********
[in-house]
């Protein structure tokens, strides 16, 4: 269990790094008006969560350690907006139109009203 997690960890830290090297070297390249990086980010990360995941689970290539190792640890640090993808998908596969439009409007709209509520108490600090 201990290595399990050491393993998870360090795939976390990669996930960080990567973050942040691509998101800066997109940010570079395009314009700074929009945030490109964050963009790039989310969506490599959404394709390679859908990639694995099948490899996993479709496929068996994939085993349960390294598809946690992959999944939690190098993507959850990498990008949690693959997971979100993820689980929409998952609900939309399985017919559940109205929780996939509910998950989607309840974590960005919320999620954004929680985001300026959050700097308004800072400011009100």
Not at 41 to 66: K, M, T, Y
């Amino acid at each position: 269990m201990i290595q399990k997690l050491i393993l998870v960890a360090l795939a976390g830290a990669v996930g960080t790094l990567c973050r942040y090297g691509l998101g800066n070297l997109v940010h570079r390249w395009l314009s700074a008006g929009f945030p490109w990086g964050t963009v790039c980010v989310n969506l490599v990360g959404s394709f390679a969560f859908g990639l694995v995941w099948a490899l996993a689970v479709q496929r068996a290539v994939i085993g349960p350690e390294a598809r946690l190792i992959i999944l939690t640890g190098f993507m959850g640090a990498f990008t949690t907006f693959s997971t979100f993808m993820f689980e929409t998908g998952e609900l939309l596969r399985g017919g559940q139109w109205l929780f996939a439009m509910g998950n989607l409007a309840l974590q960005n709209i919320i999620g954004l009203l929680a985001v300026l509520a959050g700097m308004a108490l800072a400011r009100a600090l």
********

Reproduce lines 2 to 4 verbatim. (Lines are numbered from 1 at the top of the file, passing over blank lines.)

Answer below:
């Protein structure tokens, strides 16, 4: 269990790094008006969560350690907006139109009203 997690960890830290090297070297390249990086980010990360995941689970290539190792640890640090993808998908596969439009409007709209509520108490600090 201990290595399990050491393993998870360090795939976390990669996930960080990567973050942040691509998101800066997109940010570079395009314009700074929009945030490109964050963009790039989310969506490599959404394709390679859908990639694995099948490899996993479709496929068996994939085993349960390294598809946690992959999944939690190098993507959850990498990008949690693959997971979100993820689980929409998952609900939309399985017919559940109205929780996939509910998950989607309840974590960005919320999620954004929680985001300026959050700097308004800072400011009100």
Not at 41 to 66: K, M, T, Y
């Amino acid at each position: 269990m201990i290595q399990k997690l050491i393993l998870v960890a360090l795939a976390g830290a990669v996930g960080t790094l990567c973050r942040y090297g691509l998101g800066n070297l997109v940010h570079r390249w395009l314009s700074a008006g929009f945030p490109w990086g964050t963009v790039c980010v989310n969506l490599v990360g959404s394709f390679a969560f859908g990639l694995v995941w099948a490899l996993a689970v479709q496929r068996a290539v994939i085993g349960p350690e390294a598809r946690l190792i992959i999944l939690t640890g190098f993507m959850g640090a990498f990008t949690t907006f693959s997971t979100f993808m993820f689980e929409t998908g998952e609900l939309l596969r399985g017919g559940q139109w109205l929780f996939a439009m509910g998950n989607l409007a309840l974590q960005n709209i919320i999620g954004l009203l929680a985001v300026l509520a959050g700097m308004a108490l800072a400011r009100a600090l």